Trust and co-creation are essential for building equity-centered community data ecosystems, but trusted partnerships are not developed overnight. A fundamental principle for doing this work well is to slow down, listen, and hear the voices of the community, to move slow and fix things. This approach requires significant resources—including money, people, and time—and with the need for more resources comes the need for funding. To build equitable data systems, we must examine the current funding structures that can empower or interfere with this work. Too often, progress is halted by short funding cycles, and success is measured by excessive emphasis on specific funder requirements – an approach that disables systemic changes and does not reflect the priorities or needs of the community. Co-creation is paramount to each project cycle stage, including co-creating funding priorities. RECoDE calls for partners and funders to lean on the expertise of grantees and shift towards community-led, long-term projects that will support and sustain community led social impact organizations using data to realize impact.
None of this work will be possible without investment in local capacity. This starts with recognizing and funding existing work that is often undercompensated. Throughout the course of this project, it was striking how many people could identify someone in their community who goes above and beyond to make this work possible, the person who is coordinating partnerships with the food bank, the hospital, the women’s shelter on top of their official role. We can often point to the linchpins of community data ecosystems – but are they adequately supported so that they can sustain their work? Systemic change will also require many more people with data skills – from data literacy to data analytics to data science. We have an opportunity to invest in the professional development of a more diverse data workforce through upskilling existing workers and expanding the pipeline of new talent to reflect the diversity and lived experiences of our communities. Let’s rethink how data skills are taught and make this skillset more widely available. Through data.org’s Capacity Accelerator Network, we aim to train 1 million purpose-driven data professionals by 2032, and we believe that this goal will be met by a mix of locally-driven efforts and tools and resources that can be shared and adapted across a global network.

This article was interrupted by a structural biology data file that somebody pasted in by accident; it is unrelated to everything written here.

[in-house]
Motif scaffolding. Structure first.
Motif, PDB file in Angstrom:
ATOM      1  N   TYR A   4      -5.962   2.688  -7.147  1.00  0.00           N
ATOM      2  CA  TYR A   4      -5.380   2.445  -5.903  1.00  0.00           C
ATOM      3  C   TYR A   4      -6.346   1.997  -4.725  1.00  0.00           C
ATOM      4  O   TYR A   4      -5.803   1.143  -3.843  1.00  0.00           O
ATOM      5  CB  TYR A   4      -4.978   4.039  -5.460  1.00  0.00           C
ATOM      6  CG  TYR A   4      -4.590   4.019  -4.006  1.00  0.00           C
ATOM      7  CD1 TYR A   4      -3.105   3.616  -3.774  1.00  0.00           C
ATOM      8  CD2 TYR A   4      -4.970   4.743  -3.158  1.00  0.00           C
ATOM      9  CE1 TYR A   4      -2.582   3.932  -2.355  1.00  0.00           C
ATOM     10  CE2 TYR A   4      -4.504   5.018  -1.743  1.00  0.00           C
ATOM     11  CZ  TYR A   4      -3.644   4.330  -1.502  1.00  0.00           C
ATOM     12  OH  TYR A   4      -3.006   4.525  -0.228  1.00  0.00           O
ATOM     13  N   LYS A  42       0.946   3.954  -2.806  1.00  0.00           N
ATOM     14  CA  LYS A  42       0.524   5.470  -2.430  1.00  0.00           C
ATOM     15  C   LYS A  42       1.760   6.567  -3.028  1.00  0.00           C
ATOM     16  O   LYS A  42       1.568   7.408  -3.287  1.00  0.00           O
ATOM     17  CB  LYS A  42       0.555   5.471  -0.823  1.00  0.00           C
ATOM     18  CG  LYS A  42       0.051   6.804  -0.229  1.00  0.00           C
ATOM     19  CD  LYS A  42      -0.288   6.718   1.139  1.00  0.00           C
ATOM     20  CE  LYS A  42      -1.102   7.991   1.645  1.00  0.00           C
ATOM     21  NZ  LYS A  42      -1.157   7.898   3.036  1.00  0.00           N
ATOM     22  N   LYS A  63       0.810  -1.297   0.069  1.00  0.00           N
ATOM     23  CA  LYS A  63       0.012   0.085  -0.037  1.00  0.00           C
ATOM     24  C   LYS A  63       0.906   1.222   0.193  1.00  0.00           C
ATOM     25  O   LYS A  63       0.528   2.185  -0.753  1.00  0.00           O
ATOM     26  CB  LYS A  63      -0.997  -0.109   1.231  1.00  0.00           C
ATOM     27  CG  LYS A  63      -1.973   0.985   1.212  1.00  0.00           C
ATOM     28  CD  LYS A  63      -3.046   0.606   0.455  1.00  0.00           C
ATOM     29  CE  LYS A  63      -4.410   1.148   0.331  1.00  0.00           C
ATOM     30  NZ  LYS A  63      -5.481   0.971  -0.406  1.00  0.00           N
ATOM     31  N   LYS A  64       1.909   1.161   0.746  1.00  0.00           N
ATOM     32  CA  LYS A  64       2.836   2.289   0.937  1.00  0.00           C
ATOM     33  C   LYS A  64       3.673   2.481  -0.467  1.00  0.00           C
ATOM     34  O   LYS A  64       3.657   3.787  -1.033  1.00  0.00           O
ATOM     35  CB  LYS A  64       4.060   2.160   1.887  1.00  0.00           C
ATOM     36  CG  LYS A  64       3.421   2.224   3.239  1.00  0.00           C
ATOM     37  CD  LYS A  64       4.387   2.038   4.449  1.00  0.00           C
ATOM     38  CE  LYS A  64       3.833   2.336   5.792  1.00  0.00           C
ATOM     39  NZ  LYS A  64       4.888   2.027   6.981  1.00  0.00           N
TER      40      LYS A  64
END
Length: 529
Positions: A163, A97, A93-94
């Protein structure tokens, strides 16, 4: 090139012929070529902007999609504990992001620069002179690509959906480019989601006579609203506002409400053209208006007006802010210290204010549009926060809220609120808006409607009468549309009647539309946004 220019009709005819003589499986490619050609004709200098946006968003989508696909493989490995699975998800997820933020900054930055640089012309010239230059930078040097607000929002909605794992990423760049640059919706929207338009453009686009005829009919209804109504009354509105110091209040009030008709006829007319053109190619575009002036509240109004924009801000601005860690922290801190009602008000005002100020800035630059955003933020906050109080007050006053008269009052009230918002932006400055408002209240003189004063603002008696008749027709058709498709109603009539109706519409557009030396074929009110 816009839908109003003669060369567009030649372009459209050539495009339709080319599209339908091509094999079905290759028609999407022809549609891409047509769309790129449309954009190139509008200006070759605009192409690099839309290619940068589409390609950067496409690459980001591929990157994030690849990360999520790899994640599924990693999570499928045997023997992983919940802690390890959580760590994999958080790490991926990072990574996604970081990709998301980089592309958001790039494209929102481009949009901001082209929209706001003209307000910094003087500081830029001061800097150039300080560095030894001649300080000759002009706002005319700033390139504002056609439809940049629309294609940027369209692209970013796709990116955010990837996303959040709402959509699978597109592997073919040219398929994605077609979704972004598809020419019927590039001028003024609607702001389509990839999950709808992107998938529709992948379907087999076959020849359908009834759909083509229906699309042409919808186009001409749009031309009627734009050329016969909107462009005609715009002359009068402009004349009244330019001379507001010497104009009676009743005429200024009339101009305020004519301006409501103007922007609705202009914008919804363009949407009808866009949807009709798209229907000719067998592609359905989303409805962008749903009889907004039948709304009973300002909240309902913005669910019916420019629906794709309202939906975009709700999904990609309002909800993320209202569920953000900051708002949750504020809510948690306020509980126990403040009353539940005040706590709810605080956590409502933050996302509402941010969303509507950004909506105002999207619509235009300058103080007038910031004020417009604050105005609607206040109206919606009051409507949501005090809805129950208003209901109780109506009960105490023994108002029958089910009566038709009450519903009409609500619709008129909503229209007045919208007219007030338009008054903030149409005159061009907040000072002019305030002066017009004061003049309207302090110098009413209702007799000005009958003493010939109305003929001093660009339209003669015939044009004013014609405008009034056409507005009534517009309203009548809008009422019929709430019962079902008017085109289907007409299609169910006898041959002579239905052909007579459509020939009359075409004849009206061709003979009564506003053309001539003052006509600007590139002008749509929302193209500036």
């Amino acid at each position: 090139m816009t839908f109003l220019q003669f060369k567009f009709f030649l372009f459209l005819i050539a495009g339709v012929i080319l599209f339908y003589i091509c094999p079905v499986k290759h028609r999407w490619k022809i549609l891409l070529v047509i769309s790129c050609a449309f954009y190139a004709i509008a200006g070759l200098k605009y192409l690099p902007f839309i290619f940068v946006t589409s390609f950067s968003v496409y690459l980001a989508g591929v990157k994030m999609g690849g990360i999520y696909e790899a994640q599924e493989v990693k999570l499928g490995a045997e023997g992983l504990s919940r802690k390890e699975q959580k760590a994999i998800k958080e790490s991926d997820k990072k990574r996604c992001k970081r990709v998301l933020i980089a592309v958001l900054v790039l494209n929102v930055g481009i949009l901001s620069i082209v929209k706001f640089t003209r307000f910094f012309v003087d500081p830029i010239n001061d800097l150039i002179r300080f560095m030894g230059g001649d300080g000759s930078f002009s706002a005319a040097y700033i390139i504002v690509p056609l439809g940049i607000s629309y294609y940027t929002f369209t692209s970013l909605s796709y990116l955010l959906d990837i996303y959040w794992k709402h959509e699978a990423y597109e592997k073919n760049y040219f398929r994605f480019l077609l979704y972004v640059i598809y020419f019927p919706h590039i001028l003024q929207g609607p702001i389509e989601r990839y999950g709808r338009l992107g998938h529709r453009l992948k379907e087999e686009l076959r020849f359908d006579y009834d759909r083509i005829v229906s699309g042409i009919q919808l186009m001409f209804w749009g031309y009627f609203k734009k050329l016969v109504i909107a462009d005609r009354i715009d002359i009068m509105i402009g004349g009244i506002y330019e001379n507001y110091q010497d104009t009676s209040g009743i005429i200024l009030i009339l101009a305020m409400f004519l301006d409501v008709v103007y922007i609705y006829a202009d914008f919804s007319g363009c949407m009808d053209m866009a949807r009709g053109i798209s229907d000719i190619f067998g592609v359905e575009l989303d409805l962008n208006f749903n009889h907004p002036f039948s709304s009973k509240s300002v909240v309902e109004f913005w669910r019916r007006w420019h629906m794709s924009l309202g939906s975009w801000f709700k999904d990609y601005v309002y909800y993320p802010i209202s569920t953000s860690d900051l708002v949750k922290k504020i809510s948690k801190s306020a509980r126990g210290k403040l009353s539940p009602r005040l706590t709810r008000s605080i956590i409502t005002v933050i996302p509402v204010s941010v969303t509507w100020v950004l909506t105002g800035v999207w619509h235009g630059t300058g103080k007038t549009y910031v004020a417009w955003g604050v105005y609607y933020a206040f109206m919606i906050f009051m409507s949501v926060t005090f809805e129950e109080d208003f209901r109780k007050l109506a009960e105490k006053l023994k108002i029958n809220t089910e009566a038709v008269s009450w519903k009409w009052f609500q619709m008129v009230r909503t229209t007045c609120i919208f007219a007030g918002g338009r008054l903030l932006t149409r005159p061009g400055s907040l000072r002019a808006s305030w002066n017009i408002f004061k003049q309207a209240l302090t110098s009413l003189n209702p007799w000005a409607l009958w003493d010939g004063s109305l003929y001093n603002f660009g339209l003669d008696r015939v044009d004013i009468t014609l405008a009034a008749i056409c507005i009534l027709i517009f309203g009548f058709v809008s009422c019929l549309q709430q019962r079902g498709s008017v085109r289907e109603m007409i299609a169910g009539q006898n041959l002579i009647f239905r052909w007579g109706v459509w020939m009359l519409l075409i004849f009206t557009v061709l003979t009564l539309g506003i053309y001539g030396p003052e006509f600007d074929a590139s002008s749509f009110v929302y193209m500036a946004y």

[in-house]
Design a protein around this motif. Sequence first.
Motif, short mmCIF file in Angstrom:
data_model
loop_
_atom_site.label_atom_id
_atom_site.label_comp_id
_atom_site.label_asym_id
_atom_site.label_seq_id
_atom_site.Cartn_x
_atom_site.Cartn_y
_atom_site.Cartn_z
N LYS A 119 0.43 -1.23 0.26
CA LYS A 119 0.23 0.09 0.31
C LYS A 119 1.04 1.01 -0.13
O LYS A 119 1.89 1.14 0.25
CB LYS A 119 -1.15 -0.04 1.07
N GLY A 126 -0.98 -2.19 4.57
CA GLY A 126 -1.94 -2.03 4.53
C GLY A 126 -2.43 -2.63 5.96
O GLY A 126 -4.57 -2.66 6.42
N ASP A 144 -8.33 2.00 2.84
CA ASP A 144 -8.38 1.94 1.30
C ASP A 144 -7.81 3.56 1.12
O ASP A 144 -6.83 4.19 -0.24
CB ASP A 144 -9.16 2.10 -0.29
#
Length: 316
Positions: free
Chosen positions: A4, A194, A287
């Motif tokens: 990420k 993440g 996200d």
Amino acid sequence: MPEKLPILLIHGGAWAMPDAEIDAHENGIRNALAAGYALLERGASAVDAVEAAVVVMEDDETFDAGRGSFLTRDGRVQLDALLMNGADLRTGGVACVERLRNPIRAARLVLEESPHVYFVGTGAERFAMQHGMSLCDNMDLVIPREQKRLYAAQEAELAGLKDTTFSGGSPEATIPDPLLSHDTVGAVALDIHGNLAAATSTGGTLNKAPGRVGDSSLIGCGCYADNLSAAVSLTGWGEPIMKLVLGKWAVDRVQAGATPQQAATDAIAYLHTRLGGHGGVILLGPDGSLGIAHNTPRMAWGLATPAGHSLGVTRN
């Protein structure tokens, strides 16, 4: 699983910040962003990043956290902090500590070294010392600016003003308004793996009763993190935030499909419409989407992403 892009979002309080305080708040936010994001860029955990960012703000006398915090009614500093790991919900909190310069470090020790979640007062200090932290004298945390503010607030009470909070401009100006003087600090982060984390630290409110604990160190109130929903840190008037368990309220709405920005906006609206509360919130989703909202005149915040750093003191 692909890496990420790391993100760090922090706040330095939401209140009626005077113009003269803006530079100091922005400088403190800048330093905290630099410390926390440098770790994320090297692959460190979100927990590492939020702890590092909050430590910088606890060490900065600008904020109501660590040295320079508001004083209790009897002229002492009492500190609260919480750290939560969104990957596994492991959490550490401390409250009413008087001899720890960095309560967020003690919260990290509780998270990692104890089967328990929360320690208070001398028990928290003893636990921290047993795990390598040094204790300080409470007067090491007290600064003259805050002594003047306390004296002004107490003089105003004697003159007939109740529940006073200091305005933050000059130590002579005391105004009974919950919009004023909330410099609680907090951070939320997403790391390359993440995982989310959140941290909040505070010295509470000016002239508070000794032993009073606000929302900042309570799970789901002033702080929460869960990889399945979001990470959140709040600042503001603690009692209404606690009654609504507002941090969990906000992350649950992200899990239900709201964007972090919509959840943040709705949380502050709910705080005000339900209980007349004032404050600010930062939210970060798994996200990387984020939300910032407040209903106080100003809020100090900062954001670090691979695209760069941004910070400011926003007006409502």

How do we know that the work that’s happening is impactful and isn’t just a service that doesn’t result in anything? That it actually has an impact on someone long term, that it’s sustainable, and that it’s sticky?— RECoDE Workgroup Member
data.org is a platform for partnerships to build the field of data science for social impact. As an organization we are both funders and grantees, we are partners, matchmakers, and public conveners. In this hybrid position, we have the unique and privileged opportunity to look at DSSI initiatives and data ecosystems from varying vantage points. We believe that our role following this report is to be the splash that causes a rippling effect – aiming to influence our extended network to make the necessary paradigm shifts that our RECoDE work demands. As we stated in the report, these are not radical ideas. But they require radical action. We hope that you will download, read, and share the RECoDE Report, and join us in the work of building equitable data ecosystems that improve health and wellbeing for all.